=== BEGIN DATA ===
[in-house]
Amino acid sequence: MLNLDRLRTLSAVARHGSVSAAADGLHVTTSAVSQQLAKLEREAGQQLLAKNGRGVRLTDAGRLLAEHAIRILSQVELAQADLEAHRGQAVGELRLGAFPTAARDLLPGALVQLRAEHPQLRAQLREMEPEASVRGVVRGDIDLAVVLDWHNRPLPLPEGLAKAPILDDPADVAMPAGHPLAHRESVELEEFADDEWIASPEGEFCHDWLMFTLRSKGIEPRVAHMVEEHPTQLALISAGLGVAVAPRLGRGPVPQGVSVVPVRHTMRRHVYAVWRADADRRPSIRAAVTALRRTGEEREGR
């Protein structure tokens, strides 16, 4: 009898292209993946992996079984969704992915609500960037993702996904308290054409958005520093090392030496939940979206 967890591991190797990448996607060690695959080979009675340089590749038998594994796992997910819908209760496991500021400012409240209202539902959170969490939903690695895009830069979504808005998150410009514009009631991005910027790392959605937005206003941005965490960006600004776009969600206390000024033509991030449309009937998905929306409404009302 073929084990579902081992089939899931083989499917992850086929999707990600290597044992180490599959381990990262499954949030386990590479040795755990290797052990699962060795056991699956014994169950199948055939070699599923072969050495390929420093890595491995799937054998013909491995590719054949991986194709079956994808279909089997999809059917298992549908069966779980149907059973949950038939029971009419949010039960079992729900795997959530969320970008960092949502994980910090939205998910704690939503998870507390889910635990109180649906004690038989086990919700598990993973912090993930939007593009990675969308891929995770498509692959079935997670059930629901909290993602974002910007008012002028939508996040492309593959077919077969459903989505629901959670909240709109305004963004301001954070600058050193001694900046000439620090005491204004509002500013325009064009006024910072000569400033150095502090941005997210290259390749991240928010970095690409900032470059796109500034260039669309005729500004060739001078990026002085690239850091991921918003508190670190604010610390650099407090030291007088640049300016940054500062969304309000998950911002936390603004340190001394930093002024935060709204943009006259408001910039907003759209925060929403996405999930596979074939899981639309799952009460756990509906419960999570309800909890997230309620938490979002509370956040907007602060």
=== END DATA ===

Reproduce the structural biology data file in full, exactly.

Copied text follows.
[in-house]
Amino acid sequence: MLNLDRLRTLSAVARHGSVSAAADGLHVTTSAVSQQLAKLEREAGQQLLAKNGRGVRLTDAGRLLAEHAIRILSQVELAQADLEAHRGQAVGELRLGAFPTAARDLLPGALVQLRAEHPQLRAQLREMEPEASVRGVVRGDIDLAVVLDWHNRPLPLPEGLAKAPILDDPADVAMPAGHPLAHRESVELEEFADDEWIASPEGEFCHDWLMFTLRSKGIEPRVAHMVEEHPTQLALISAGLGVAVAPRLGRGPVPQGVSVVPVRHTMRRHVYAVWRADADRRPSIRAAVTALRRTGEEREGR
């Protein structure tokens, strides 16, 4: 009898292209993946992996079984969704992915609500960037993702996904308290054409958005520093090392030496939940979206 967890591991190797990448996607060690695959080979009675340089590749038998594994796992997910819908209760496991500021400012409240209202539902959170969490939903690695895009830069979504808005998150410009514009009631991005910027790392959605937005206003941005965490960006600004776009969600206390000024033509991030449309009937998905929306409404009302 073929084990579902081992089939899931083989499917992850086929999707990600290597044992180490599959381990990262499954949030386990590479040795755990290797052990699962060795056991699956014994169950199948055939070699599923072969050495390929420093890595491995799937054998013909491995590719054949991986194709079956994808279909089997999809059917298992549908069966779980149907059973949950038939029971009419949010039960079992729900795997959530969320970008960092949502994980910090939205998910704690939503998870507390889910635990109180649906004690038989086990919700598990993973912090993930939007593009990675969308891929995770498509692959079935997670059930629901909290993602974002910007008012002028939508996040492309593959077919077969459903989505629901959670909240709109305004963004301001954070600058050193001694900046000439620090005491204004509002500013325009064009006024910072000569400033150095502090941005997210290259390749991240928010970095690409900032470059796109500034260039669309005729500004060739001078990026002085690239850091991921918003508190670190604010610390650099407090030291007088640049300016940054500062969304309000998950911002936390603004340190001394930093002024935060709204943009006259408001910039907003759209925060929403996405999930596979074939899981639309799952009460756990509906419960999570309800909890997230309620938490979002509370956040907007602060």